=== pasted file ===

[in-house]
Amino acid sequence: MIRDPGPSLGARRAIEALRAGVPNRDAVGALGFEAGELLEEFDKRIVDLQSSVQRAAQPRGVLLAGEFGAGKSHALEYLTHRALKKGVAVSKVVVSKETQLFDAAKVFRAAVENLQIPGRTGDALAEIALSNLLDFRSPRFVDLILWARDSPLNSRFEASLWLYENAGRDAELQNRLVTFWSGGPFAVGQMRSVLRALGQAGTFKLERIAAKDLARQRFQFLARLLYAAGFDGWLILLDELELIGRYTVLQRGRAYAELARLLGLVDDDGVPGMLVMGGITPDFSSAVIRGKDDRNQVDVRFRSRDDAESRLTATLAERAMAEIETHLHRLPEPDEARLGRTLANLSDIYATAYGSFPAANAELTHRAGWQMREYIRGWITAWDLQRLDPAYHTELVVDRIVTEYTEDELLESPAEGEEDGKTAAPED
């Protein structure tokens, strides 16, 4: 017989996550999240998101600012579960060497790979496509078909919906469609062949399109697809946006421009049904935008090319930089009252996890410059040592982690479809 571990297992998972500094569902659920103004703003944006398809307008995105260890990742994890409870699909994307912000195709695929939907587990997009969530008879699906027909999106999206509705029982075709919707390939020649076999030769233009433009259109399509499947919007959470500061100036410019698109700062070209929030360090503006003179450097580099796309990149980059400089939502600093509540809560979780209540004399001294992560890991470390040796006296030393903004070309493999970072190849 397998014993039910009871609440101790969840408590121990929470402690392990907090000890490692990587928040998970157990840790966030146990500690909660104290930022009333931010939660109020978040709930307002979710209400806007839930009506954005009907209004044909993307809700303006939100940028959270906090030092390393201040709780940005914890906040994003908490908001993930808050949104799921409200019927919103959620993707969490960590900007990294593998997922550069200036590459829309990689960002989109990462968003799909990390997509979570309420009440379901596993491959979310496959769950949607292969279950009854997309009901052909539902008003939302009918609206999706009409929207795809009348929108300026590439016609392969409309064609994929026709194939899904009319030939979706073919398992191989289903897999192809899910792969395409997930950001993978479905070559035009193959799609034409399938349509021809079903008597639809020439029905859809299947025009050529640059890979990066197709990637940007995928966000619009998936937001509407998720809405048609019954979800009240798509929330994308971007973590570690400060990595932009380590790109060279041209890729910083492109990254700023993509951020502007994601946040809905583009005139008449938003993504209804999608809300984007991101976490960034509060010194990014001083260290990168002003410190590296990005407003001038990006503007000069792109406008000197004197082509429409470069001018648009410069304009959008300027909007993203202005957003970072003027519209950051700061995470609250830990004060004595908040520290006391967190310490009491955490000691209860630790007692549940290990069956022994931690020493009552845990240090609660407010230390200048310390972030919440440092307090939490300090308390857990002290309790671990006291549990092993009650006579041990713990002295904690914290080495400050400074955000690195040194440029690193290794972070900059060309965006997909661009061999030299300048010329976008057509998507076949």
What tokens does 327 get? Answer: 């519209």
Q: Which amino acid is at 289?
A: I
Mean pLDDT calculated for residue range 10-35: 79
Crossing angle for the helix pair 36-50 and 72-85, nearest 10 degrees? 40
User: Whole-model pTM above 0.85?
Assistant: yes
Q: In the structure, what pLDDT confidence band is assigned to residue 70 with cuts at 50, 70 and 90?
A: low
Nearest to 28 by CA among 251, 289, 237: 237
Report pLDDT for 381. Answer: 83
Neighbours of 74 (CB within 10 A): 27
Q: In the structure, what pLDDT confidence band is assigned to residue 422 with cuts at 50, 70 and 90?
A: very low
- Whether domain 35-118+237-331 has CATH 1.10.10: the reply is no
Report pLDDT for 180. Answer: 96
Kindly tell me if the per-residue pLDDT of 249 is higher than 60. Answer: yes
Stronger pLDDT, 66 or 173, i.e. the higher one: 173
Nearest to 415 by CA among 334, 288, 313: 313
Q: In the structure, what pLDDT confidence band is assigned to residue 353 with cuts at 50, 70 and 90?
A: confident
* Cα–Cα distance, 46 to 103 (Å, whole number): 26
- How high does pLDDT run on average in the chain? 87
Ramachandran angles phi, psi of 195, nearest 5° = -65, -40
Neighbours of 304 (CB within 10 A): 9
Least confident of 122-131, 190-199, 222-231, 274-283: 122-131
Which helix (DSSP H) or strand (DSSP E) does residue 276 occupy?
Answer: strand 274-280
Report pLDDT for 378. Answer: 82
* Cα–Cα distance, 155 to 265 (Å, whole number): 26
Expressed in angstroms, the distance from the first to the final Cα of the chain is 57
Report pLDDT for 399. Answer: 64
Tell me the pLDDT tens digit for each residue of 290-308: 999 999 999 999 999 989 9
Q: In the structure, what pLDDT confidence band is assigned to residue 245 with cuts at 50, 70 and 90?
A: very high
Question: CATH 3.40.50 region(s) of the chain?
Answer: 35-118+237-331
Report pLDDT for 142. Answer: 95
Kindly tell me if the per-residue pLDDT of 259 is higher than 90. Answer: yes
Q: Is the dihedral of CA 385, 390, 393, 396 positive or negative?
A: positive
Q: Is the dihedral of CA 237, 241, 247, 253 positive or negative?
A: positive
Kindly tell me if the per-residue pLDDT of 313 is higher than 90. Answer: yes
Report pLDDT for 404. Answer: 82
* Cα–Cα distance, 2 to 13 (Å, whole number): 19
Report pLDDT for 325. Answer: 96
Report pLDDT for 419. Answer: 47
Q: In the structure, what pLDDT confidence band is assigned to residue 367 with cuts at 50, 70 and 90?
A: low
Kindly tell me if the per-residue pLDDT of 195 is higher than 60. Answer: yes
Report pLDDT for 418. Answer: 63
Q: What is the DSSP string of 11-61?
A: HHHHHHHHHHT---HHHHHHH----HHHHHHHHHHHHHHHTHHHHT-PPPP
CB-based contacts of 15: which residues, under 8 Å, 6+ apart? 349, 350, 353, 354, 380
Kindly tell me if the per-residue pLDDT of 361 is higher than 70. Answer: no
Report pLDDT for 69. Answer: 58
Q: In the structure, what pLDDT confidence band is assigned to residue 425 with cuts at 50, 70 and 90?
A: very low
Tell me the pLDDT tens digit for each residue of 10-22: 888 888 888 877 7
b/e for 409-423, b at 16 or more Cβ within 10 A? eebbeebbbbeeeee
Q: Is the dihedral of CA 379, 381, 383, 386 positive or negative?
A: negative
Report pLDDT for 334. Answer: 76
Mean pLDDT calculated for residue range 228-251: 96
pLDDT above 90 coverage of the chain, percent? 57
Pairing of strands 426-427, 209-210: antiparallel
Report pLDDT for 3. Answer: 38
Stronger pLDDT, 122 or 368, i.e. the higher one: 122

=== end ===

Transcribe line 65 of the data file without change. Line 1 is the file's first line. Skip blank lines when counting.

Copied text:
Q: Is the dihedral of CA 379, 381, 383, 386 positive or negative?